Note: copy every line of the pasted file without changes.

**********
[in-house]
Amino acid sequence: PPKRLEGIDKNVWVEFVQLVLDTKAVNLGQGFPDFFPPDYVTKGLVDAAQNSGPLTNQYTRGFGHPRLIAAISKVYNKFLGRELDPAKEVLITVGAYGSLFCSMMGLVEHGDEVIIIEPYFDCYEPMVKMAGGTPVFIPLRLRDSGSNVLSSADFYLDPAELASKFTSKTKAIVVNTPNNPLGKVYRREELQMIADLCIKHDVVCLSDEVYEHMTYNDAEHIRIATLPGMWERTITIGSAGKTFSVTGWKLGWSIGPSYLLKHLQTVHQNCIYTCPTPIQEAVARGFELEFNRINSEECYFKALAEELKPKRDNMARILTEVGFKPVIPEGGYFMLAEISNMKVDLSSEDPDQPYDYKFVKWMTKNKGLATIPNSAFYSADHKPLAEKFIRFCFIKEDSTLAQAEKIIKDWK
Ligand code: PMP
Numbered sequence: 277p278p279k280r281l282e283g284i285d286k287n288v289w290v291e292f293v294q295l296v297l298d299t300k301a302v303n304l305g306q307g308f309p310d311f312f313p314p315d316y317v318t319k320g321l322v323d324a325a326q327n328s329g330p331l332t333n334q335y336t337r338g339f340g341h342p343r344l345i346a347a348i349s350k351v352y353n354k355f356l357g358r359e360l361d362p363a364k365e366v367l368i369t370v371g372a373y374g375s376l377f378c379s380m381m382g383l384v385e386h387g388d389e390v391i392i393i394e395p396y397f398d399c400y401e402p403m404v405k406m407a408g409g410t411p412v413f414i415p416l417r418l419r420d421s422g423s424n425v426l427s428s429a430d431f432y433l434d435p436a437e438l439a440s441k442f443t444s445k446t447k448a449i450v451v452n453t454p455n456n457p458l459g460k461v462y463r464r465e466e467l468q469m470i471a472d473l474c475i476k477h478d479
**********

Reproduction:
[in-house]
Amino acid sequence: PPKRLEGIDKNVWVEFVQLVLDTKAVNLGQGFPDFFPPDYVTKGLVDAAQNSGPLTNQYTRGFGHPRLIAAISKVYNKFLGRELDPAKEVLITVGAYGSLFCSMMGLVEHGDEVIIIEPYFDCYEPMVKMAGGTPVFIPLRLRDSGSNVLSSADFYLDPAELASKFTSKTKAIVVNTPNNPLGKVYRREELQMIADLCIKHDVVCLSDEVYEHMTYNDAEHIRIATLPGMWERTITIGSAGKTFSVTGWKLGWSIGPSYLLKHLQTVHQNCIYTCPTPIQEAVARGFELEFNRINSEECYFKALAEELKPKRDNMARILTEVGFKPVIPEGGYFMLAEISNMKVDLSSEDPDQPYDYKFVKWMTKNKGLATIPNSAFYSADHKPLAEKFIRFCFIKEDSTLAQAEKIIKDWK
Ligand code: PMP
Numbered sequence: 277p278p279k280r281l282e283g284i285d286k287n288v289w290v291e292f293v294q295l296v297l298d299t300k301a302v303n304l305g306q307g308f309p310d311f312f313p314p315d316y317v318t319k320g321l322v323d324a325a326q327n328s329g330p331l332t333n334q335y336t337r338g339f340g341h342p343r344l345i346a347a348i349s350k351v352y353n354k355f356l357g358r359e360l361d362p363a364k365e366v367l368i369t370v371g372a373y374g375s376l377f378c379s380m381m382g383l384v385e386h387g388d389e390v391i392i393i394e395p396y397f398d399c400y401e402p403m404v405k406m407a408g409g410t411p412v413f414i415p416l417r418l419r420d421s422g423s424n425v426l427s428s429a430d431f432y433l434d435p436a437e438l439a440s441k442f443t444s445k446t447k448a449i450v451v452n453t454p455n456n457p458l459g460k461v462y463r464r465e466e467l468q469m470i471a472d473l474c475i476k477h478d479